the grand jury was the one against
Harry Duncan, well known Heppner
business man, charging involuntary
manslaughter in connection with th
death of - Frank Black, itinerant,
Black's body was found at the side of
the highway just east of Crates poin
May 30th, together with the handle
from the door of a Buick sedan. The
door handle connected Mr. Duncan
v-ith the case. His trial will be 1 eld
nt the coming term of circuit court.
The Morrow County Pomona
orange win nave an a i nay meeting
at .norgnn, i. u. u. r. nnn, oaturaay,
October 1. Mrs. Minnie E. Bond,
Into lecturer, will be present. The
matter of pooling turkeys grown in
the county will also be tnken up. On
Sunday Mrs. Bond will be dedicating
officer at the dedication ceremonies
to be held at the Rhea Creek Grange
American Legion
Members Attention
An important meeting of Hepp
ner Post No. 87 will be held at
the headquarters next Monday
evening, October 3rd. It is es
sential that as many members
as possible be present.
Spencer Crawford, P. C.
Heppner Sends New Quota of
Students to Institutions of
Higher Learning.
Heppner will be well represented
in the institutions of higher educa
tion throughout the state from the
umber of high school graduates who
have already gone or whe have an
nounced their intention of going at
an early date.
Oregon Normal school is a favorite
with a number of the girls of last
year's graduating class. No less than
seven have signified their intention
of entering there this fall. They are
eta Crawford, Marjone French,
Ethel Hughes, Ethel Moore, Audrey
eymer, Freda Akers, and Laura Wil
Oregon State college stands next
on the list with two entrants, Anna
and Marvin Wightman. Harold Beck
et, a graduate of a previous class, is
also entering there this fall.
Marjorie Clark has elected the
University of Oregon as her alma
mater and has already entered with
full freshman standing. Mae Grosh
ens will attend business college in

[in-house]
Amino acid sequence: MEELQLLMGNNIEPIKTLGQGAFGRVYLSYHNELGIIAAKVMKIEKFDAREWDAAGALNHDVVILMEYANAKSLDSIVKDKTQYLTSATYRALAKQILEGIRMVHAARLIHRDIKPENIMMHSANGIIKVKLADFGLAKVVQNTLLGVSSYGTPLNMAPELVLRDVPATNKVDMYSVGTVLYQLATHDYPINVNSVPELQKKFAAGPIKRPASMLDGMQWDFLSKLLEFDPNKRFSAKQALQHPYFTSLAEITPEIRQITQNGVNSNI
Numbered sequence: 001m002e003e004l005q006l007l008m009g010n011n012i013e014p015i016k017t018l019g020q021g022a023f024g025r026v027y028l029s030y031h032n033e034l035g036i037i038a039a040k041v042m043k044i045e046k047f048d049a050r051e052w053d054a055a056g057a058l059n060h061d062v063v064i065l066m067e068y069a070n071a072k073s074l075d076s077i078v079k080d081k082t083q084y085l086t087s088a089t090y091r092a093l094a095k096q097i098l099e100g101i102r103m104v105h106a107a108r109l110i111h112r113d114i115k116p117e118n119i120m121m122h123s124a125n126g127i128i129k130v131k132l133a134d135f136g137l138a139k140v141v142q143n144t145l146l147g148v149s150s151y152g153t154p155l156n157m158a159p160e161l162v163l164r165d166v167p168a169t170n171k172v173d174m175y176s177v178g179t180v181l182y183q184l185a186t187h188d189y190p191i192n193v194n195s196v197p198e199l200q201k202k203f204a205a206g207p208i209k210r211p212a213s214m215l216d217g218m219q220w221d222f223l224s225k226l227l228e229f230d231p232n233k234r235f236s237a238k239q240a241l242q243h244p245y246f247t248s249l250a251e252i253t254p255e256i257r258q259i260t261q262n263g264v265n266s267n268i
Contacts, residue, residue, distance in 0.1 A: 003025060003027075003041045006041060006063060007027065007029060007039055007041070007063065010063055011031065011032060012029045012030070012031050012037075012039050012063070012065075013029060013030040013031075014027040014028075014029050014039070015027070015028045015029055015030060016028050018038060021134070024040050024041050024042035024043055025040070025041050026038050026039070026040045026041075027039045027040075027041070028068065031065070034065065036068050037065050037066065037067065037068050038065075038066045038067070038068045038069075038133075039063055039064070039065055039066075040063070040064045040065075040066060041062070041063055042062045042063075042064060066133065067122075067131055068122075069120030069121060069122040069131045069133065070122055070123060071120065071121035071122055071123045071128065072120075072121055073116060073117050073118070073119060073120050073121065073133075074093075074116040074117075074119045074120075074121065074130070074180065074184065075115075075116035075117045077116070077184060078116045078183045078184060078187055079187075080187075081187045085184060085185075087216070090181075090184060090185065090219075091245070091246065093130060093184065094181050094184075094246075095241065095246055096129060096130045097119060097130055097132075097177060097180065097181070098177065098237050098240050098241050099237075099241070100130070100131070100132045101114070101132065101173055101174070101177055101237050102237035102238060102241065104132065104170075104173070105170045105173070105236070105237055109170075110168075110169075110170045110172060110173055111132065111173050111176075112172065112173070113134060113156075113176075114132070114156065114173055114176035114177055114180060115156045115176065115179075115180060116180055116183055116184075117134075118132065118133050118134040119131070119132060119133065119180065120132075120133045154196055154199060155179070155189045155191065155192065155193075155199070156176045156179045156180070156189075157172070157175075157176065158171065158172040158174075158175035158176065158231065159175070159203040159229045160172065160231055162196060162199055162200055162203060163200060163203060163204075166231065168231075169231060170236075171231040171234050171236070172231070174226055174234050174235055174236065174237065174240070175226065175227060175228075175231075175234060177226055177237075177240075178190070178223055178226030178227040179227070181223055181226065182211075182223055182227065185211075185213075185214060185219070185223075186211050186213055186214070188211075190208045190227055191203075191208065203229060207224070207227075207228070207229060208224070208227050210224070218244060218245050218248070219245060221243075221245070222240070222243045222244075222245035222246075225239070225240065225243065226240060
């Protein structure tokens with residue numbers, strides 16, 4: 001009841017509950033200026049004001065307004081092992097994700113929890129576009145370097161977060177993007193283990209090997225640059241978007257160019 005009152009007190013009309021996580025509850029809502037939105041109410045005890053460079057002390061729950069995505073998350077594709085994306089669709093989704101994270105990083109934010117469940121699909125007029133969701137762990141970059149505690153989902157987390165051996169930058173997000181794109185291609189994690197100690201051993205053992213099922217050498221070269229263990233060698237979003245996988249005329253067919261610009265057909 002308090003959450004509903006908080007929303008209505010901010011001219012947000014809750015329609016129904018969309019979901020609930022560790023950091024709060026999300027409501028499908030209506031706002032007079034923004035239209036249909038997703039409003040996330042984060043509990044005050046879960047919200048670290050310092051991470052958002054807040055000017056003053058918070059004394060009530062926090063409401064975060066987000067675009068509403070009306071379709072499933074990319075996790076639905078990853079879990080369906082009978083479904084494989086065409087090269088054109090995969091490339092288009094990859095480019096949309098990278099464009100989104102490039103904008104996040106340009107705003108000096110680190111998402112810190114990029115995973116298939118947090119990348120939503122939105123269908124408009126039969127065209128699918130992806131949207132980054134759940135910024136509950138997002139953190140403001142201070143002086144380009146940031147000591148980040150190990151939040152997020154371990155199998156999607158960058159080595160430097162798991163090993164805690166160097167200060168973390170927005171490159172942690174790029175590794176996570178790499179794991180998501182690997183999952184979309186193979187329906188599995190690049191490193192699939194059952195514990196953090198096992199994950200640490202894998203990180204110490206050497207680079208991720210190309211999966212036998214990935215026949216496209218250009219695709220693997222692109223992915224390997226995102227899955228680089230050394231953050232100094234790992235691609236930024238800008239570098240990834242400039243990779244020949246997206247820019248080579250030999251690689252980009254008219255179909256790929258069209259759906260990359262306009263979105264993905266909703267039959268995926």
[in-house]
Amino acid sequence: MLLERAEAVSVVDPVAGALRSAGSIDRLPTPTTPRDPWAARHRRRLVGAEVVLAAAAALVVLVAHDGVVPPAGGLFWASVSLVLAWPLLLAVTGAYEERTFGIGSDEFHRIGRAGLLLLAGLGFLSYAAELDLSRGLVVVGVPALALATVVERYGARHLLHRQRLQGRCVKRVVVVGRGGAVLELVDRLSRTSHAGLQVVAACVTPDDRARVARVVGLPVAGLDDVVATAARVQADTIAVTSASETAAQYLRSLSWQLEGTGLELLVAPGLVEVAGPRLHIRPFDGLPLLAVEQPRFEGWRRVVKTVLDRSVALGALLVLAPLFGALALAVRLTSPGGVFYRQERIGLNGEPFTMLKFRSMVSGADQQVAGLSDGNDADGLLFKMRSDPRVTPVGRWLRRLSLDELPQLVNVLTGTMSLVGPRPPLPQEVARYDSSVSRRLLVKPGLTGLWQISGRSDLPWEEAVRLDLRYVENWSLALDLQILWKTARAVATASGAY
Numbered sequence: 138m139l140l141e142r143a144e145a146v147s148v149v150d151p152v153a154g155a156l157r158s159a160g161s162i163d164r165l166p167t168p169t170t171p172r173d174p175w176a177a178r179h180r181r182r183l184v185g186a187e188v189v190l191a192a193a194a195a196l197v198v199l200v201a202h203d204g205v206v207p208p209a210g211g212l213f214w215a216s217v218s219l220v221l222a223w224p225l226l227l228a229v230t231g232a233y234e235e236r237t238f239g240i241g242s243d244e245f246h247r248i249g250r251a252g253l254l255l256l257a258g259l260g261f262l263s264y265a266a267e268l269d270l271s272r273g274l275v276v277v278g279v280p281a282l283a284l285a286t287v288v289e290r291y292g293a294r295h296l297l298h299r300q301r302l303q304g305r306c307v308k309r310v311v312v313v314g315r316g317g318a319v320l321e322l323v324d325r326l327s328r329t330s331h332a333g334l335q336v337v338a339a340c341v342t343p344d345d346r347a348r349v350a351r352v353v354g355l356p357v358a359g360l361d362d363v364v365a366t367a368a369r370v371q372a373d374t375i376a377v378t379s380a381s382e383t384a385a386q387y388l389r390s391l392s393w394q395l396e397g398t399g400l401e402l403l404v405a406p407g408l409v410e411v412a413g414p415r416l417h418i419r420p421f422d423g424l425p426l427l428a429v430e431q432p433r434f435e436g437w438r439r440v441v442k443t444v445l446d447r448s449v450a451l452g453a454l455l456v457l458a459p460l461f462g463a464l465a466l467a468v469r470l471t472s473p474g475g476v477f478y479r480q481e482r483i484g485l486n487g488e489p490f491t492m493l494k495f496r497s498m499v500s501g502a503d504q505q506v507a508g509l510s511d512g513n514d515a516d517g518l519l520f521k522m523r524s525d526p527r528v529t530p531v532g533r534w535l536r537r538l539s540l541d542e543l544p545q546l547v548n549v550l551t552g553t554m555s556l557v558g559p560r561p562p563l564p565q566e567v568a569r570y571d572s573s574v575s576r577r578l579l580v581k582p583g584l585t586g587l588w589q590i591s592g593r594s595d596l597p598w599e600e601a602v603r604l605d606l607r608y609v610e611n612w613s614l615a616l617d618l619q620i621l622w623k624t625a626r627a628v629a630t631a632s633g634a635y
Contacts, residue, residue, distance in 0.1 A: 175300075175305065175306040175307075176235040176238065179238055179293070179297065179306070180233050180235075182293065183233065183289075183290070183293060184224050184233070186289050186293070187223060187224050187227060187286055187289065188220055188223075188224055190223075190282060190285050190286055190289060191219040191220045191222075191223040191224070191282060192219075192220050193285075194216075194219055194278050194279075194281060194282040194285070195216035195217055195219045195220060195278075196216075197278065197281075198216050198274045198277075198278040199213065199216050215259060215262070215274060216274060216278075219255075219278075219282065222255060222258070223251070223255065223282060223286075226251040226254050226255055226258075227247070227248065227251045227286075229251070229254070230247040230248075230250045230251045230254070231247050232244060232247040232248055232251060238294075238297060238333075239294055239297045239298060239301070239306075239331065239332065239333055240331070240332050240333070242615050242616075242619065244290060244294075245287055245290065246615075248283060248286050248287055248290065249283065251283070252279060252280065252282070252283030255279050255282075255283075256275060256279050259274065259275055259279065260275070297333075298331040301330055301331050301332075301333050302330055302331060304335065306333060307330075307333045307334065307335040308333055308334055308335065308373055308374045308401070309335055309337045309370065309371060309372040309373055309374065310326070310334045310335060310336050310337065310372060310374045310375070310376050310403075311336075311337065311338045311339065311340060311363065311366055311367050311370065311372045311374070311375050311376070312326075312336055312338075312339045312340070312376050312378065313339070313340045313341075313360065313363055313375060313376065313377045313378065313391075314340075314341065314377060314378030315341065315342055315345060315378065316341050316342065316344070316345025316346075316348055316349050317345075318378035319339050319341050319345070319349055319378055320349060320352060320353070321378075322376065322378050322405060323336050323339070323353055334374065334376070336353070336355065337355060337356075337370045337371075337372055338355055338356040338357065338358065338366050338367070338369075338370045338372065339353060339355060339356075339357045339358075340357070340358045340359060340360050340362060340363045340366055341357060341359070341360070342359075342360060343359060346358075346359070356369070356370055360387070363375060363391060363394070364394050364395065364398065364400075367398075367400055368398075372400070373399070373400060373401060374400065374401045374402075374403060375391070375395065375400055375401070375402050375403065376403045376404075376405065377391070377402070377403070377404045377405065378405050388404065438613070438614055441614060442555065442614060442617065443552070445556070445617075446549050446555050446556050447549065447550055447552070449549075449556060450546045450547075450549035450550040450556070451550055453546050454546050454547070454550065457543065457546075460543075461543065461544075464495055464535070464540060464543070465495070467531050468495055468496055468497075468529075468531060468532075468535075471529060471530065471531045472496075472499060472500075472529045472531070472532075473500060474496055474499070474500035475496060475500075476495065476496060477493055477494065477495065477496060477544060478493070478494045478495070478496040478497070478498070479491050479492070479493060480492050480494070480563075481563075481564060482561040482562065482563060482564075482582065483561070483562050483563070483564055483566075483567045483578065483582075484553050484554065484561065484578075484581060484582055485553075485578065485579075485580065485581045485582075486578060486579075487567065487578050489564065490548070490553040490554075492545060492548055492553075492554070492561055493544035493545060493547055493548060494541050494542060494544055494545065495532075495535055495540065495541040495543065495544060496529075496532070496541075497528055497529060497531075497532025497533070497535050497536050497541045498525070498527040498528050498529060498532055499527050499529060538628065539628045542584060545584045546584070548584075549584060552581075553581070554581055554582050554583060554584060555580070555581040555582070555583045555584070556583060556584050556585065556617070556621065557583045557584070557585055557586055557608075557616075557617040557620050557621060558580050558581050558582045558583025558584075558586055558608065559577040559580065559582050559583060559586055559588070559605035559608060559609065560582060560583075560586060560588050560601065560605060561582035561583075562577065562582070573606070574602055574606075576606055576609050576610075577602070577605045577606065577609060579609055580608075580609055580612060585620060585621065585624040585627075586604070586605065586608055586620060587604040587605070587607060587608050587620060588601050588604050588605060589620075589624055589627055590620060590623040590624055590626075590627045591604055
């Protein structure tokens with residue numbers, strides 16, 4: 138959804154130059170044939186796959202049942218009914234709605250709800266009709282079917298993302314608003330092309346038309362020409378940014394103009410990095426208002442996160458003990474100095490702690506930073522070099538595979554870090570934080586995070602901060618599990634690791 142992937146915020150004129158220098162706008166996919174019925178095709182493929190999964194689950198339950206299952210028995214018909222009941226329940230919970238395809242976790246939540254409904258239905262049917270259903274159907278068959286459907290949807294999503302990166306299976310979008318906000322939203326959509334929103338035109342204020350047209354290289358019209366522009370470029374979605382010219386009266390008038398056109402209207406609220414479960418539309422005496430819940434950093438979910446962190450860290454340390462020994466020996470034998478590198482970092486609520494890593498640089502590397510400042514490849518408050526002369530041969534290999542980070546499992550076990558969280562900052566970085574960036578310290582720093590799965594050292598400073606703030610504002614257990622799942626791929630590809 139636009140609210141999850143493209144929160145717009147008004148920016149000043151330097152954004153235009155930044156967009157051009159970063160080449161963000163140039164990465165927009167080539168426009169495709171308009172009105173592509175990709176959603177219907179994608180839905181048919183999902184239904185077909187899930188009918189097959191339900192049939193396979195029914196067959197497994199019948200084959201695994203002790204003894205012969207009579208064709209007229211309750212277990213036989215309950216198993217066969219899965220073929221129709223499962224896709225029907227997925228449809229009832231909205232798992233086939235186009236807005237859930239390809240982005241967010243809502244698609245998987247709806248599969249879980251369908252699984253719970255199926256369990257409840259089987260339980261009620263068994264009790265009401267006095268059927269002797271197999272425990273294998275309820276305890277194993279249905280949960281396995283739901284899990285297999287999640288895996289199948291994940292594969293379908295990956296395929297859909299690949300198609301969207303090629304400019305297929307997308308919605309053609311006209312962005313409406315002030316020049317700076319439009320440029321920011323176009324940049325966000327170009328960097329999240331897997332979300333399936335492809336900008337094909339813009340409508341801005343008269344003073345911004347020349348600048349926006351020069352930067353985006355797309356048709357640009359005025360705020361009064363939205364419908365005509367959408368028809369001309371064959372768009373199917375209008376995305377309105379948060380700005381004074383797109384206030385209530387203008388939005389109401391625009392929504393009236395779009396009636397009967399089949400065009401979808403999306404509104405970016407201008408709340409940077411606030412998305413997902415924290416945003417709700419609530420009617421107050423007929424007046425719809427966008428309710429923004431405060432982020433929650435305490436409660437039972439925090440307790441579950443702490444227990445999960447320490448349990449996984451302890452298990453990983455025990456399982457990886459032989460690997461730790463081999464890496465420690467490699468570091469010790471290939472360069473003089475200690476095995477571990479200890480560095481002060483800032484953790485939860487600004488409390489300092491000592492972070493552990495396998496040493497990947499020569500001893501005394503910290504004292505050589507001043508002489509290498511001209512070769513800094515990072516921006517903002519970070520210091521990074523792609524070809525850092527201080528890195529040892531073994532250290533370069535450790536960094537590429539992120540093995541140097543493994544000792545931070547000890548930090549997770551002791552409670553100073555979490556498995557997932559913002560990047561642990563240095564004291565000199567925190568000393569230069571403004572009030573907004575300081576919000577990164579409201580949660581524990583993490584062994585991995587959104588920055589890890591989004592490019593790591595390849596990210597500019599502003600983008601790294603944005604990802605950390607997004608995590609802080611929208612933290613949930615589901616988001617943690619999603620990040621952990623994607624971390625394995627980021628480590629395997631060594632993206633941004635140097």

Portland and Louise Thomson will
attend the Ellensburg Normal school
t Ellensburg, Washington.
A number of other members of last
year's graduating class intend to en
ter various schools throughout the
orthwest at later dates, but thus far
have not requested their credentials
for registration at the office of Jas.
Burgess, city school superinten
Mr. and Mrs. R. W. Turner had as
their guests several days during ;he
past week a party of five peopk from
Quincy, 111., who were motoring thru
to Southern California, The parly
onsisted of Mr. and .Mrs. George
bauble, Mr. and Mrs. bauble, br., and
Mrs. Sallie Laughlin, mother of Mrs.
George Sauble. The latter is a cousin
of Mrs. Turner and the two had not
met in a period of 45 years, or since
Mrs. Turner had left her home in
Illinois. The party continued on
their way south and wilt spend the
winter in California, where they con
template locating permanently.
Mr. and Mrs. C. H. Bartholomew
were visitors here yesterday from
their home at Pine City. Mrs. Bar
tholomew underwent an opciation for
the removal of iier tonsils, having
suffered a lot in recent months irom
tonsil trouble. This season wai a
good one for most of the Butter creek
wheatraisers, and Charley reports
good yield. He is now getting along
well with the fall seeding,
Dr. McMurdo has just received
from the east a new electrical ma
chine, th elast word in treating and
healing various diseases. With the
addition of this machine his effice is
now equipped with practically all the
latest electrical curative apparatus
You may now walk into Dr. McMur-
do's office and have electrical service
a la carte,
Frank Glasscock and family are
leaving Lexington today for Parma,
Idaho, where Mr. Glasscock has rent
ed a small place, and where he ex
pects to live in the future. Frank
has been a resident of the Lexington
section for a good many years, mtk
ing a success of the farming game,
Mrs. Dr. Belknap of Nampa, Idaho,
arrived here today for a short visit.
coming over from Wclla Walla where
she was visiting relatives. She was
accompanied to Heppner by Percy
Hughes of Umapine, and Mrs. Josie
Jones will return to Nampa with her
for a short visit.
John Olden came over from Ten
dleton the past week. He has been
under the care of a physician there
for several weeks past and his con
dition is quite critical at this time.
Mr. Olden is suffering from heart
Grant Olden has been delivering
some very excellent fruit in town
this week from the John Olden farm
on Rhea creek. Apples and grapes
were especially fine on this place this
II. M. Walther, manane of Oregon